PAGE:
Human lysozyme has fungicidal activity against nasal fungi
ABSTRACT The cationic antimicrobial peptide lysozyme is the most prevalent innate immune protein in nasal secretions but there is a paucity of research regarding its role in paranasal sinus disease. Lysozyme is generally regarded as an antibacterial agent; however, some data suggest activity toward yeast. This study was designed to determine if lysozyme displays fungicidal activity toward fungi commonly identified in patients with chronic rhinosinusitis (CRS) or fungal sinusitis.
Using a colony-forming unit assay the fungicidal activity of lysozyme (0, 0.5, 5, and 50 micromolar; 0- to 7-hour treatment) was tested against strains of Aspergillus fumigatus, the yeast Candida albicans, and other fungi commonly identified in mucin of patients with CRS. Fungi cultured directly from the mucin of two CRS patients were also tested to determine if they were resistant to the fungicidal activity of lysozyme.
The fungicidal effect of lysozyme was both concentration and time dependent. After 7-hour treatment lysozyme (5 micromolar) had >80% fungicidal activity against A. fumigatus, Penicillium sp., Acremonium sp., C. albicans, and Candida parapsilosis. The fungicidal activity of lysozyme toward Alternaria alternata could not be determined. Lysozyme was also fungicidal toward the clinical isolates A. fumigatus and Aspergillus terreus cultured from the mucin of CRS patients.
Lysozyme displays fungicidal activity toward many fungi commonly identified in patients with CRS, as well as clinical fungi isolates cultured from the mucin of CRS patients. Additional studies are required to determine the regulation of lysozyme in CRS.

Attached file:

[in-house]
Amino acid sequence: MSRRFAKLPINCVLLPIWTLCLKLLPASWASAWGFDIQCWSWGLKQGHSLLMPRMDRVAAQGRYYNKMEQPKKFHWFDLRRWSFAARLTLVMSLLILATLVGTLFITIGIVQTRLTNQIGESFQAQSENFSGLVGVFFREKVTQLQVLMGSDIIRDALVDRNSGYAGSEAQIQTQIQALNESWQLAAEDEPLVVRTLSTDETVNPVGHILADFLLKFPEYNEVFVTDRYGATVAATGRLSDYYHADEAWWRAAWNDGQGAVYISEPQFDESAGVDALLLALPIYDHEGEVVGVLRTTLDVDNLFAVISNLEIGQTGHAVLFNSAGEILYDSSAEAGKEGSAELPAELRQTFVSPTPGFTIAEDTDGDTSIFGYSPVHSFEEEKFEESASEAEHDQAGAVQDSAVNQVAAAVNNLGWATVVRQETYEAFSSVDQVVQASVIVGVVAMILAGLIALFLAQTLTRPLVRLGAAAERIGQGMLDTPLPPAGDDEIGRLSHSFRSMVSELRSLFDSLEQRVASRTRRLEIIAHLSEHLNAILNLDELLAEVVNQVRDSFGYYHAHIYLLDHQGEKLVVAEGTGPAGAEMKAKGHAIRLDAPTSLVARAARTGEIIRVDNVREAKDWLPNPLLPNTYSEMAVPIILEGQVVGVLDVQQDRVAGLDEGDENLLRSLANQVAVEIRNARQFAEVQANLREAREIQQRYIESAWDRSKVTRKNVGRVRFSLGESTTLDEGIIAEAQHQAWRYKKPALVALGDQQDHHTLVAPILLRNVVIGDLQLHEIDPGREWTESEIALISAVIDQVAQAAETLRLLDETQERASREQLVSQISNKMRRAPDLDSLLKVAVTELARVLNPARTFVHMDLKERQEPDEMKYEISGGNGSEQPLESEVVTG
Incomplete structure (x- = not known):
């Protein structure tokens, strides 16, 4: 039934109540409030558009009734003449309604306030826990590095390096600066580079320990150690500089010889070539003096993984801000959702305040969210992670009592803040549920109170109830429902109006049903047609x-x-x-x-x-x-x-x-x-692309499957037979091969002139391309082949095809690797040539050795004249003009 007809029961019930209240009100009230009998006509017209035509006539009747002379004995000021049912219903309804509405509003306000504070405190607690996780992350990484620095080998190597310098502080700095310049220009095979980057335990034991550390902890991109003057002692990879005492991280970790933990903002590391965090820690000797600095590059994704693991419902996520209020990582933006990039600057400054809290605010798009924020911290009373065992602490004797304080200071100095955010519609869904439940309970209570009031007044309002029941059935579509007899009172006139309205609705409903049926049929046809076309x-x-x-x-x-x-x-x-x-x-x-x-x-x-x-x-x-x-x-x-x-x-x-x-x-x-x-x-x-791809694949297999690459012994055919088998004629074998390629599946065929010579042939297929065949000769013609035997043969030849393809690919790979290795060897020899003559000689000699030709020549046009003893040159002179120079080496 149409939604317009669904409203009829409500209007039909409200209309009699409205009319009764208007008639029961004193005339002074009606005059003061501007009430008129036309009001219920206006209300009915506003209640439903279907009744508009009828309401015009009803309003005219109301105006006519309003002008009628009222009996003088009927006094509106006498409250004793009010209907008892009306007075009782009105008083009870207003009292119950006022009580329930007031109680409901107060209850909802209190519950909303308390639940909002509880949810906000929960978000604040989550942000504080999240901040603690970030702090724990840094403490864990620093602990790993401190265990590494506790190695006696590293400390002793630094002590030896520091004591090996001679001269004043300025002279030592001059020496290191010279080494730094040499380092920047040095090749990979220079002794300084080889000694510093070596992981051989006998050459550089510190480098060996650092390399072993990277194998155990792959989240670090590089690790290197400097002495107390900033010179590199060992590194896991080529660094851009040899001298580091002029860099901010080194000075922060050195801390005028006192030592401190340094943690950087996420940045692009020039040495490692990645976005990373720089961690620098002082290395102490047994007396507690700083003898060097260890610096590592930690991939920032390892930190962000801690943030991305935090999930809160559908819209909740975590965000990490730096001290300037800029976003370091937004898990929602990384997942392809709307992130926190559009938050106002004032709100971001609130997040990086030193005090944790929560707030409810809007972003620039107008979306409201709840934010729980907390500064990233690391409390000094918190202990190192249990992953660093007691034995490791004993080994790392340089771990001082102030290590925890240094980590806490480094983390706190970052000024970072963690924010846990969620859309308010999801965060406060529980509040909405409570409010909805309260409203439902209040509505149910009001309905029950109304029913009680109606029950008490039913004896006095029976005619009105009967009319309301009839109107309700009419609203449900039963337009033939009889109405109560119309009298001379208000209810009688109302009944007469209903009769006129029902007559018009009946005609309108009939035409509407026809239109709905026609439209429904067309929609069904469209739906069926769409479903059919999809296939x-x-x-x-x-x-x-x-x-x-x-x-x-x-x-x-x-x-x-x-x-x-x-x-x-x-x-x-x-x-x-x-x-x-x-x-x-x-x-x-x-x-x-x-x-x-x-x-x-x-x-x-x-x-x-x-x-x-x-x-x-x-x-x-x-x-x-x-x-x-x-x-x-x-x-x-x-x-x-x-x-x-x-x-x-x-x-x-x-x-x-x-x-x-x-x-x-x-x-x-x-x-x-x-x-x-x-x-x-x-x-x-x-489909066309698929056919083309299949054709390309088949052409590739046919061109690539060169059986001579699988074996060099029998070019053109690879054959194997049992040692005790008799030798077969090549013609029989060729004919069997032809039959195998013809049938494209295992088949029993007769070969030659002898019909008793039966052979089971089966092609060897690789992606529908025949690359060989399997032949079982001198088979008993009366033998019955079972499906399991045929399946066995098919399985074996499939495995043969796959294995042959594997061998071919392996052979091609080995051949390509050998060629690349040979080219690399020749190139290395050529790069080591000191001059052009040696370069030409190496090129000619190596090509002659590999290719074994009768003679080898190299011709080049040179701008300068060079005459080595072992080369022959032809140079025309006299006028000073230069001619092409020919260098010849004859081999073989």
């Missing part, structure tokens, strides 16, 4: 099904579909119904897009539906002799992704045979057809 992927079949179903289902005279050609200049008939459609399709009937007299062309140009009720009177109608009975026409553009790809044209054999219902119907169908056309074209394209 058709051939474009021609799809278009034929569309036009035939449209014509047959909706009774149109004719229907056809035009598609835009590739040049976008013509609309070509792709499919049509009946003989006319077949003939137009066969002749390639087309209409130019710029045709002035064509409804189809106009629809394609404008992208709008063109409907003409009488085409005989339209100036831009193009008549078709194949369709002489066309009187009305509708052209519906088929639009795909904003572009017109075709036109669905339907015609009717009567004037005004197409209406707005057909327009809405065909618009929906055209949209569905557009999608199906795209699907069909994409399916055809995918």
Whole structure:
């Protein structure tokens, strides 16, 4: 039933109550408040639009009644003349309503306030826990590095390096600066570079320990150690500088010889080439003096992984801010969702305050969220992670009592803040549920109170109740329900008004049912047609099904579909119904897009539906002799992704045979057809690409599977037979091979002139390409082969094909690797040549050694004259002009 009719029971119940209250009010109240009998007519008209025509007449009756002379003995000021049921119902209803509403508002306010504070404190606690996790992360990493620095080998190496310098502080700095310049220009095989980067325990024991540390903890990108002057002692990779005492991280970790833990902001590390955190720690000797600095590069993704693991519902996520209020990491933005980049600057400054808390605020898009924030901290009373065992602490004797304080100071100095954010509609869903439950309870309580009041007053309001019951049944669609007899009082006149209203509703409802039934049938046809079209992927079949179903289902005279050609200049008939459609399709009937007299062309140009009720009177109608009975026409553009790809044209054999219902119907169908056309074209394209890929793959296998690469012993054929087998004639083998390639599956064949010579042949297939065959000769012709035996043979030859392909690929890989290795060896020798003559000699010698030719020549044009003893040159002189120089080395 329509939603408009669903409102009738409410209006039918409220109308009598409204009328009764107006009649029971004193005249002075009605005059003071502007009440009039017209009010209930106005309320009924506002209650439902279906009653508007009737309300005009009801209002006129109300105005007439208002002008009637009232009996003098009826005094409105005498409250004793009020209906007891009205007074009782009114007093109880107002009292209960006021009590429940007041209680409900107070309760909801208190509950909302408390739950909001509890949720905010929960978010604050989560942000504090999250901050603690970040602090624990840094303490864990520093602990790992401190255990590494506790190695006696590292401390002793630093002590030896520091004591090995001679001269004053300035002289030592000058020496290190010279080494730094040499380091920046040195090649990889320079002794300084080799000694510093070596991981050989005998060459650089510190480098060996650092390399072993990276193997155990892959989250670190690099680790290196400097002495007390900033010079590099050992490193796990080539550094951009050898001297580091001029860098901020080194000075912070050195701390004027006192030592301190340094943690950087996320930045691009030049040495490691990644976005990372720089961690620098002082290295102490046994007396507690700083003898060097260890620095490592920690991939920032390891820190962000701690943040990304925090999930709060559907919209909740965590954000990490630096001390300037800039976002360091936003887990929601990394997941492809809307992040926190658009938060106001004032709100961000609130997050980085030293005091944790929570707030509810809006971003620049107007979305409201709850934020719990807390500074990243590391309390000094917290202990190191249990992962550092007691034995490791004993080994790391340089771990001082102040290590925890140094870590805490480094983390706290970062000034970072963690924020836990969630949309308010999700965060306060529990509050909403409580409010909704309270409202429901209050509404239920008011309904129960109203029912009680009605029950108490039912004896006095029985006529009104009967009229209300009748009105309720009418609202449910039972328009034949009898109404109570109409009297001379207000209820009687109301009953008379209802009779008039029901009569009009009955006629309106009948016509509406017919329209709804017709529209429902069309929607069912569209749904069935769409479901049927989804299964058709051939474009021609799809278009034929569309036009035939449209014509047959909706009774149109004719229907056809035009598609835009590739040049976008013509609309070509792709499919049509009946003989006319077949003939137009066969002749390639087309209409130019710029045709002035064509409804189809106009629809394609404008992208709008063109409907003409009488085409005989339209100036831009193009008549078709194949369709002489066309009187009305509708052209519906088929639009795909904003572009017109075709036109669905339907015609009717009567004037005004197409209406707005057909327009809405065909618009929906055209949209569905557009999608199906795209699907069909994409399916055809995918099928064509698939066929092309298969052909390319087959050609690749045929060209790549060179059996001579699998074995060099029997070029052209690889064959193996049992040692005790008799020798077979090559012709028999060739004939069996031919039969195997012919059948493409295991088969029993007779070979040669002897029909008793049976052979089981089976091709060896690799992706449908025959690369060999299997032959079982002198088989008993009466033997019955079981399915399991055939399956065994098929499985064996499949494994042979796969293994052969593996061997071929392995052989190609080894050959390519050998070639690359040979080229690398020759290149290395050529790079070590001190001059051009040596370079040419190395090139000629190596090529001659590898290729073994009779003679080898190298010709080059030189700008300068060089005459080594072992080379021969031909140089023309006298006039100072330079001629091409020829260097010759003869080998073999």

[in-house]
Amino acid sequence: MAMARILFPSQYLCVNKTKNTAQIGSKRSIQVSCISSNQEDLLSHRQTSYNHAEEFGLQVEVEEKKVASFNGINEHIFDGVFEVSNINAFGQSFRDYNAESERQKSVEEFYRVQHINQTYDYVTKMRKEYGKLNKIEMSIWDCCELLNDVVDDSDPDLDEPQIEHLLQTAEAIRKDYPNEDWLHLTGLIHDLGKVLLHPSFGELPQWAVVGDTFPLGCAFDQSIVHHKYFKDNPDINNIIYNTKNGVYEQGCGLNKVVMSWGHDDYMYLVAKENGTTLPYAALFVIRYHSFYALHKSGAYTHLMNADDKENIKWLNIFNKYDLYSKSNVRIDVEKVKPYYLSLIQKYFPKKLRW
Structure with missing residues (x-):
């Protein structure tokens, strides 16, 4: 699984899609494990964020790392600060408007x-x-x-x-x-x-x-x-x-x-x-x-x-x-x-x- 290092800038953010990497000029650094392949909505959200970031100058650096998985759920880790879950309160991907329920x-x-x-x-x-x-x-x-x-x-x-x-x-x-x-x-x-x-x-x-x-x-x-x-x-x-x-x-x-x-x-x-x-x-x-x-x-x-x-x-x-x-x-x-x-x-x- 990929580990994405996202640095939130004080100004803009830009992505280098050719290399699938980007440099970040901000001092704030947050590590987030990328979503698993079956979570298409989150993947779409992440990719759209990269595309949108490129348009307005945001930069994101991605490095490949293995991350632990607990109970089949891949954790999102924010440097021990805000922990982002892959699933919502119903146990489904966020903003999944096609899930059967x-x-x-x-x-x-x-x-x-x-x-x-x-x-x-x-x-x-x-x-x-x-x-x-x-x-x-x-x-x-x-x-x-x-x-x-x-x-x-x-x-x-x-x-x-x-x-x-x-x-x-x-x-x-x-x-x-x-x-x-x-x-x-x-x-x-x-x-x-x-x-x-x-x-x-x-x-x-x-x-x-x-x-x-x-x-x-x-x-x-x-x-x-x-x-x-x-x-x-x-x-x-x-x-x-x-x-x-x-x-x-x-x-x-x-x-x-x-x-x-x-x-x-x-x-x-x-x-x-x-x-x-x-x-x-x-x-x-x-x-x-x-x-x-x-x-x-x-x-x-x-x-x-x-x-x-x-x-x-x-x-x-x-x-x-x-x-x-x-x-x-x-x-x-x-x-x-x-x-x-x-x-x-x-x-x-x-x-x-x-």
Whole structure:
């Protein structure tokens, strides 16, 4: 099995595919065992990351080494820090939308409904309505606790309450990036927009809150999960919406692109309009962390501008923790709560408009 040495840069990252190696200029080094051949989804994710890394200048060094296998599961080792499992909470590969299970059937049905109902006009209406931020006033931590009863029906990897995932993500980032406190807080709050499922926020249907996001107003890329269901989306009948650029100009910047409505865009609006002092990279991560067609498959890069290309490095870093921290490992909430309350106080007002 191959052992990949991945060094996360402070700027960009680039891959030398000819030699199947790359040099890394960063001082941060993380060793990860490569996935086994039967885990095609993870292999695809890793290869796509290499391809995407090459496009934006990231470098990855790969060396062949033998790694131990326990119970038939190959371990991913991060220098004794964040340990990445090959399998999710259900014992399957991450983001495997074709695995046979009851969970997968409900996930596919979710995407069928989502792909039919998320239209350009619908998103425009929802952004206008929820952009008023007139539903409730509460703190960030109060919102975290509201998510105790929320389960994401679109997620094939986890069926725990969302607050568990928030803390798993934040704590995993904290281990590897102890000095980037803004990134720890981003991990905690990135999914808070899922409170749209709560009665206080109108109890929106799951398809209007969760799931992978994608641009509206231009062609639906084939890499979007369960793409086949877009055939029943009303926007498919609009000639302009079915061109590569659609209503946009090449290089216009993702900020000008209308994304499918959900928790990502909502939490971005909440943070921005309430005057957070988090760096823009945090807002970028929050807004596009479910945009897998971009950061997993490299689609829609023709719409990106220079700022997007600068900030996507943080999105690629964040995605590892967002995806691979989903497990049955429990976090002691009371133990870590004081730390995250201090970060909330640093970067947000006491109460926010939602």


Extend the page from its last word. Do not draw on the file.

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ABSTRACT: Lysozyme is an innate immune peptide with bactericidal and fungicidal activity (FA). Despite increased expression of lysozyme protein in chronic rhinosinusitis (CRS) sinus mucosa, CRS patients experience repeated bacterial and/or fungal infections. Commercial sinus irrigation solutions are often used to provide symptomatic relief. However, one of the mechanisms of action of lysozyme involves ionic interactions with the microbial cell wall, which may be inhibited by ionic solutions such as commercial sinus irrigation solutions. Determine if the FA of lysozyme is reduced in the presence of solutions with increasing ionic strength and inhibited in the presence of commercial sinus irrigation solutions. Using an in vitro colony-forming unit (CFU) assay, the FA of lysozyme (5 μM) was tested against a fungi commonly isolated from CRS patients, Aspergillus fumigatus, in solutions of increasing ionic strength or commercial sinus irrigation solutions. FA was presented as percent of control. FA of lysozyme against A. fumigatus was 95% in a 21-mM ionic strength solution. However, with increasing ionic strength, FA decreased and was abolished in a 46-mM ionic strength solution. Commercial sinus irrigation solutions abolished the FA of lysozyme against A. fumigatus. The in vitro FA of lysozyme is dependent on the ionic strength of the solution. The use of sinus irrigation solutions should be further evaluated with regard to maintaining functional activity of cationic antimicrobial peptides involved in sinonasal innate immunity.American Journal of Rhinology and Allergy 07/2012; 26(4):298-301. DOI:10.2500/ajra.2012.26.3793 · 2.18 Impact Factor